Using Math Software to Calculate the Trajectory of a Baseball with Air Resistance




A general life note: Don’t miss team meetings where tasks are planned and assigned: You’ll invariably get volunteered for something strange. Case in point: I missed the last Mathcad blog-planning session, so I got assigned to write a blog about baseball.

If you knew me well at all, you would understand that I am not a sports person. Don’t get me wrong, I love playing sports, but I just don’t really follow professional or collegiate sports at all. But really, if you have been following the Mathcad blog for very long, you will have probably noticed that our Mathcad and sports correspondent is generally my colleague Tim Bond. He’s explored using math software for better understanding football, golf, and even one for baseball a couple years ago.

In any event, I figure it’s my turn to step up to the plate (side note, for my own personal entertainment, I’m gonna see how many baseball clichés and puns I can sneak in) and swing for the fences (in case you weren’t paying attention, the cliché count is now at two).

But another reason that I may not be the best choice for this post is that I’m from St. Louis, which makes me, by definition, a Cardinals fan. And tragically, the Cardinals are 17 games behind the—I shudder to even mention the name—the Chicago Cu—

Sorry, I passed out from the pain. I’m back now. Let’s just move on from that, shall we?

If I were to write about actually MLB happenings, my lack of knowledge in that arena would make this blog post a swing and a miss. So instead of striking out, I’m going to write about a little program I wrote in Mathcad that computes the trajectory of a baseball, accounting for air resistance. [Ed: Already installed a seat of Mathcad? You can follow along by downloading Luke’s worksheet from the PTC Community.]

Start with Force

As you probably know, a projectile’s trajectory cannot be calculated analytically. You have to perform an infinite number of looped calculations because the force on the ball is directly proportional to the speed of the ball squared.

equation for force

Force equation, as shown in Mathcad calculation software.

Here, the proportionality constant D is given by

equations for D

Equation for D.



where, ρ is the air density, A is the cross-sectional area of the ball, and C is the drag coefficient, which is 0.5 for spheres (this is obviously simplified; a baseball, with its texture and seams, would have a slightly different drag coefficient).

Finding Air Density

To find the air density in St. Louis (I’m using Busch Stadium as our location), I used a rather simplified equation that accounts for barometric pressure and temperature, but does not account for humidity. Here is the air density calculation based on the weather conditions in St. Louis at the time of writing this post.

equations for air-related variables

Equations for air pressure variables, as shown in Mathcad calculation software.


Calculating Drag

Using the maximum circumference of 9.25 inches for a baseball, I calculate the maximum cross-sectional area of a baseball, which allows me to calculate the drag proportionality constant for the ball.

equation for ball circumfrance

Equation for diameter of ball



Finally, I use a baseball mass of 5.25 ounces. With all of this information, I create a function that iterates for the duration of the baseball’s flight, with initial angle, initial position, and initial velocity as the arguments.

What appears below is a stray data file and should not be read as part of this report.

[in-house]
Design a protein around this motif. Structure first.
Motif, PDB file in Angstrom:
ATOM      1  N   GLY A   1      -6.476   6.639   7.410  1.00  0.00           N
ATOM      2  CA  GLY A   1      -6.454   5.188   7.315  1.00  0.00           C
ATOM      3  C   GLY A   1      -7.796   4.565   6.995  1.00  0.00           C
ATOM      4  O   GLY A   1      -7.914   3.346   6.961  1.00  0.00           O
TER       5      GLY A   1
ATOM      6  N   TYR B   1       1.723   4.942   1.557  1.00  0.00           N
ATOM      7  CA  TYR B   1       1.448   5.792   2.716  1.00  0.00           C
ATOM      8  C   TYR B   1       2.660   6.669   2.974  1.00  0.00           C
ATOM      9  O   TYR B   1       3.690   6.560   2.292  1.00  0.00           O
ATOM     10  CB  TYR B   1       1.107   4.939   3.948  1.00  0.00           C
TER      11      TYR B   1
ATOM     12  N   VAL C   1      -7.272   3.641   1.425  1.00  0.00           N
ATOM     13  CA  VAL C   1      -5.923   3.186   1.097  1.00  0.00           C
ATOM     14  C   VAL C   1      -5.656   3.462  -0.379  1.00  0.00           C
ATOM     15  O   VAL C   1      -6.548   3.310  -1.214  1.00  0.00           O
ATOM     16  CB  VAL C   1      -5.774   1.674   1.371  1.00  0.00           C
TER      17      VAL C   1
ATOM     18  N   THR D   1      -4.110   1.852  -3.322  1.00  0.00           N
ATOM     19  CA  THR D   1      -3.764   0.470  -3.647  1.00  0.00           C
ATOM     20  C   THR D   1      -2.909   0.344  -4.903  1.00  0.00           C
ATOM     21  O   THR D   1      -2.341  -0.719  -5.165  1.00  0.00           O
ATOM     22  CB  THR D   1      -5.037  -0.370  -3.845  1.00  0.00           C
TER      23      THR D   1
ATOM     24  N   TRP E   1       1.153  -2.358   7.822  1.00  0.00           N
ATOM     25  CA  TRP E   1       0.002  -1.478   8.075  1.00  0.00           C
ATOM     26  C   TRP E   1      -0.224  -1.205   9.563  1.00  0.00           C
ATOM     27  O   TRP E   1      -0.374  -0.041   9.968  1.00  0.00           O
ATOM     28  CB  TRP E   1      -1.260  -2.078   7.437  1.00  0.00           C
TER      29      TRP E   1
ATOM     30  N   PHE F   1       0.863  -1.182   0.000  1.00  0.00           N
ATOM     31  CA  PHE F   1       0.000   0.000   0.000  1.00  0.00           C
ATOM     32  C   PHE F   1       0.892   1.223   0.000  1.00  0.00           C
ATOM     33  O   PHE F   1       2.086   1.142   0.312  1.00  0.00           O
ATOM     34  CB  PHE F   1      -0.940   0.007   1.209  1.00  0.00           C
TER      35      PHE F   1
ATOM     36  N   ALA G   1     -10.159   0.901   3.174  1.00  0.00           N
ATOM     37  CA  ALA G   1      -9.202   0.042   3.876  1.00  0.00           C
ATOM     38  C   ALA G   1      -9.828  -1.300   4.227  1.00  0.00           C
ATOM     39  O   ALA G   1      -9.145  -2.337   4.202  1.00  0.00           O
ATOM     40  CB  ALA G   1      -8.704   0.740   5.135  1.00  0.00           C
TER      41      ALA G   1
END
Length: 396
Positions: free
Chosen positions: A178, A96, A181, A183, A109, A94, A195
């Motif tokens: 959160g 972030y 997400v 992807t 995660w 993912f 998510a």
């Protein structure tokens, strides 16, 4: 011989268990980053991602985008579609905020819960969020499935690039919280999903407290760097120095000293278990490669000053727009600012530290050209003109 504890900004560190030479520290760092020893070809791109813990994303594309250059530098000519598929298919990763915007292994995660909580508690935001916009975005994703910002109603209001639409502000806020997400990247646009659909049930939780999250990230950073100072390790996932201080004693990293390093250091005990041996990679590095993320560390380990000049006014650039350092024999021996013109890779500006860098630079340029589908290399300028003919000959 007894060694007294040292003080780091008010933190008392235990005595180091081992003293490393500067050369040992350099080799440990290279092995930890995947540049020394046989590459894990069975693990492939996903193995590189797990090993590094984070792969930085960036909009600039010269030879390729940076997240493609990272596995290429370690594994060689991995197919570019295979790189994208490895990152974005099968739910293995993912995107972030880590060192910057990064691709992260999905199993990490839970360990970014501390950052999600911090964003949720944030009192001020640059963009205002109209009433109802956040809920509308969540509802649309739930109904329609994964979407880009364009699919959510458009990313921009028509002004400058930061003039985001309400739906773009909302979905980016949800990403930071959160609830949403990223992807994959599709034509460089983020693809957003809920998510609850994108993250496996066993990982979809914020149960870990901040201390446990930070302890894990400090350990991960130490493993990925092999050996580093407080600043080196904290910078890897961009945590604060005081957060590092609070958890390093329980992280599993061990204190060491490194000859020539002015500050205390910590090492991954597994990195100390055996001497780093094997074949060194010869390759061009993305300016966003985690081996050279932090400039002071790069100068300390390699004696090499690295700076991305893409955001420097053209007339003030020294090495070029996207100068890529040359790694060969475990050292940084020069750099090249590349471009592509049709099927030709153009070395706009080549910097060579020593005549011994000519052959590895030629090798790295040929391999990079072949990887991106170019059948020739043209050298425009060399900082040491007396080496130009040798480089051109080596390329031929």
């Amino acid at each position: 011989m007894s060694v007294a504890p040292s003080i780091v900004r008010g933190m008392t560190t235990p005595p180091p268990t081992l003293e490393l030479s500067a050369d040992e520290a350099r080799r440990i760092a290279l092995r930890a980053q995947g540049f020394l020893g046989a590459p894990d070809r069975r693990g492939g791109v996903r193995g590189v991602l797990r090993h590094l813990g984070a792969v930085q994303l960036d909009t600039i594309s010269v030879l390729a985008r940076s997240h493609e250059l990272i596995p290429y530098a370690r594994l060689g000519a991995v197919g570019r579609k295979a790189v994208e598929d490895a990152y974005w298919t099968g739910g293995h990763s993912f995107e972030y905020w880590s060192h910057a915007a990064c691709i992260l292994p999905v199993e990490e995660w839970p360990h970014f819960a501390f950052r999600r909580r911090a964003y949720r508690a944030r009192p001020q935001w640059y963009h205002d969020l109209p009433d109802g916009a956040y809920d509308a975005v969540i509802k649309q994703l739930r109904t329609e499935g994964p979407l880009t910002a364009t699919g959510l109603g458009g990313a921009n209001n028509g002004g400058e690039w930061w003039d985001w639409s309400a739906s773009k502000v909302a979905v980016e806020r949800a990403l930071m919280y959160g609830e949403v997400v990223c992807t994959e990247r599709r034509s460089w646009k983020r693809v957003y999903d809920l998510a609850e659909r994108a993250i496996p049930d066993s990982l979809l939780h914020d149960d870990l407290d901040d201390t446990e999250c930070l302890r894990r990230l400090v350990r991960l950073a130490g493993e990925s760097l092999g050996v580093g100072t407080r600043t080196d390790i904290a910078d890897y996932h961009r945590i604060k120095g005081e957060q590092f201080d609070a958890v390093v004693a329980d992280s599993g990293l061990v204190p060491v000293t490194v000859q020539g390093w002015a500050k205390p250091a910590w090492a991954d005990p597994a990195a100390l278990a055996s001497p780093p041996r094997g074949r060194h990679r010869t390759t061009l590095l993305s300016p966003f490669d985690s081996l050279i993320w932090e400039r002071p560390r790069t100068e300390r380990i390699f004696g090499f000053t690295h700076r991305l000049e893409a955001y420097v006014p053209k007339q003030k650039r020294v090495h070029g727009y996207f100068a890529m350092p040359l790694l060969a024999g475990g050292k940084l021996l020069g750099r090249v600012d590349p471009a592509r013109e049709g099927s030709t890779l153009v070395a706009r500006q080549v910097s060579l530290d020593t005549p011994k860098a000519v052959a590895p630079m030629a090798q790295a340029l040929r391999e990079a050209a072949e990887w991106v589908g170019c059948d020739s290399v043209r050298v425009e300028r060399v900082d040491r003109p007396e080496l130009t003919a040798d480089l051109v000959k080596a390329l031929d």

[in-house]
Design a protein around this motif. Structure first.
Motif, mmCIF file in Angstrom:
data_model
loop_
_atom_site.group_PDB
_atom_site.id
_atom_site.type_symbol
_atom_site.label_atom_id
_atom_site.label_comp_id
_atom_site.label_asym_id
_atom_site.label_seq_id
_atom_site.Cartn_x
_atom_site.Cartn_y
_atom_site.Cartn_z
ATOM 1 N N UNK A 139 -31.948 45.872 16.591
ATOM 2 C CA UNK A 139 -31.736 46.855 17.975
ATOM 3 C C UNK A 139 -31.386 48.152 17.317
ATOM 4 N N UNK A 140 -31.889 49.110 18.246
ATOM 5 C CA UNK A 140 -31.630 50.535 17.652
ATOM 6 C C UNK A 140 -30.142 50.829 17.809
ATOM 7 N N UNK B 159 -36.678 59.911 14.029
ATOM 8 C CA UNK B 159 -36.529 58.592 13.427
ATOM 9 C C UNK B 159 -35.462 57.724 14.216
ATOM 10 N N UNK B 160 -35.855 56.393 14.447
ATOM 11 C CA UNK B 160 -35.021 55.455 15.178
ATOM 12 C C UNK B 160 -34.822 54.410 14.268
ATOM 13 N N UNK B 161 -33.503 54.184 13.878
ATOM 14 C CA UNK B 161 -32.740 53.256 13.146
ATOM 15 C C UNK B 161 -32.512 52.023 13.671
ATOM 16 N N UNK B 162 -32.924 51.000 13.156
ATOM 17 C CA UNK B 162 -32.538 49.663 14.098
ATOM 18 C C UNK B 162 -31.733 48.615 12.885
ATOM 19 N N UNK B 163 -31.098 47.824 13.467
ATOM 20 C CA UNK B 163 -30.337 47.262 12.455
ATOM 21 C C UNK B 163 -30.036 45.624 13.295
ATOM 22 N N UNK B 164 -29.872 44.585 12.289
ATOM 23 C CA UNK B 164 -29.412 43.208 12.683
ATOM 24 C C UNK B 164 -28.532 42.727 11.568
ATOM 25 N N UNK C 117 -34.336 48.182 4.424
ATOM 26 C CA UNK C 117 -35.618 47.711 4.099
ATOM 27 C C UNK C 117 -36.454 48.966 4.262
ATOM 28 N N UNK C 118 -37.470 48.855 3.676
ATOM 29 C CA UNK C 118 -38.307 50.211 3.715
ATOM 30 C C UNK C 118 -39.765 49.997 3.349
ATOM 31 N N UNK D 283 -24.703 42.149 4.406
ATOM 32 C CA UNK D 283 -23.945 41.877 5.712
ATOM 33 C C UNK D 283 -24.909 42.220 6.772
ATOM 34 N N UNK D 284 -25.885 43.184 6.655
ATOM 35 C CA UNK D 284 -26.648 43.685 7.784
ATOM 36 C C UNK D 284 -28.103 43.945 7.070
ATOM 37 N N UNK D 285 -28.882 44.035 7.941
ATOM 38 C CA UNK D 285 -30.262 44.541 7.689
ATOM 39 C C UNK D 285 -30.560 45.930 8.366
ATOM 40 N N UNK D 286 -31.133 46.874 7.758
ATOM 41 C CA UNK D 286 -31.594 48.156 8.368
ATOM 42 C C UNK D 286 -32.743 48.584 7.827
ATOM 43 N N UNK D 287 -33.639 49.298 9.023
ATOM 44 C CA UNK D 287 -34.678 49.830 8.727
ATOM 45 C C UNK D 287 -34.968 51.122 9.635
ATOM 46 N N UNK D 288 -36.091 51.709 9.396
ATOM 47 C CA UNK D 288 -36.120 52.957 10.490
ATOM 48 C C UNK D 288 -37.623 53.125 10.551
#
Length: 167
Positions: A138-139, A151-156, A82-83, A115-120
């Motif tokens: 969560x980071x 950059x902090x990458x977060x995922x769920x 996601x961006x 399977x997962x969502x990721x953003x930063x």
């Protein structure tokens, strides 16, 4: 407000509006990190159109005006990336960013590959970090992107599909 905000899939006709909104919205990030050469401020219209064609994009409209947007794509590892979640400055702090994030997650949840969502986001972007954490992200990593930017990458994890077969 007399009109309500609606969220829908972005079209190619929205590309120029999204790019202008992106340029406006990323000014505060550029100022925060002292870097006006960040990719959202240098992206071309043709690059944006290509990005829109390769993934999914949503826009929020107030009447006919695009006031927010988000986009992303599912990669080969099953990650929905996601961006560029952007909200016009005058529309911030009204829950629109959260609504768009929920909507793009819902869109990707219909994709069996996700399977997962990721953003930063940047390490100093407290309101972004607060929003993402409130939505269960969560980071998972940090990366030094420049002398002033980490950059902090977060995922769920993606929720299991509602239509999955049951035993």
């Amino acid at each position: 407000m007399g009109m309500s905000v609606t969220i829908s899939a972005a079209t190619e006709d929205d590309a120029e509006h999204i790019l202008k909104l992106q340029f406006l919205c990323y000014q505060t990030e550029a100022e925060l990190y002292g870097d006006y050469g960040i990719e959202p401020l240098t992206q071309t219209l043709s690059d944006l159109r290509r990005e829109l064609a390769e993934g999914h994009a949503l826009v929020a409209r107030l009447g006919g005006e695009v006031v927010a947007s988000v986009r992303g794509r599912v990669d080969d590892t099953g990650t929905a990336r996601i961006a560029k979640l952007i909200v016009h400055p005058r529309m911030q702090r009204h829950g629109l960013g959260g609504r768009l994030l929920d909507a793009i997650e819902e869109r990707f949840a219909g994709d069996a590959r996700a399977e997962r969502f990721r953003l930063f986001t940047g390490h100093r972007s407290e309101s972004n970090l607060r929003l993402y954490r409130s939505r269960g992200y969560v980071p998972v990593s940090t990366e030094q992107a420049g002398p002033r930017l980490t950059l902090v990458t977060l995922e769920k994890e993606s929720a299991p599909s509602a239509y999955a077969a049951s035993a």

How my Mathcad program works

I won’t go through the program step by step, but essentially, it updates the drag force on the baseball and subsequently the x- and y-components of the velocity of the baseball for every hundredth of a second.

The outputs of the program is a 5-row array of arrays, in which the first row is the array of times at which the updates were made, and the other rows are the arrays giving the corresponding x-position, y-position, x-velocity, and y-velocity of the baseball respectively.

The starting x-position of the ball will be zero, and the starting y-position of the ball will be approximated at 3.5 feet. Then, we can choose arbitrary values for angle and initial speed, and plot the trajectory:

Graph showing trajectory of ball

Trajectory of ball



Notice the horizontal and vertical markers I added. The horizontal marker shows 8 feet, which is the height of the outfield wall in Busch stadium. The vertical marker shows 400 feet, which is the distance to the outfield wall at center field.

But I wanted to knock this blog out of the park, so I took it a step further and mapped out the baseball field. It’s a bit simplified, since the outfield wall isn’t a consistent 400 feet from home plate, but you get the picture.

Graph of ballfield

St. Louis' Busch Stadium graphed in Mathcad.

The blue x is the pitcher’s mound, the green arc is the grass line, and the brown arc is the (simplified) outfield wall. The red dot is the distance that the baseball travels.

Now, there are certain effects that my model does not account for, such as wind and backspin, but it’s still rather interesting to see an estimate of the baseball’s flight in perspective.

Finding Answers with Mathcad

In case you were curious, according to my model, the ball would have to be hit 137 miles per hour to achieve a homerun, assuming an initial angle of trajectory of 37 degrees.

Of course, there is still one question that Mathcad cannot answer: Who is on first?

If you have burning mathematical questions, why not download Mathcad and find the answers for yourself? Mathcad is engineering math software that helps you perform, analyze, and share all your most vital calculations. Engineers at ground-breaking companies use it, and now you can try your own free-for life-version and see what this powerful math software can do for you. Download PTC Mathcad Express today.

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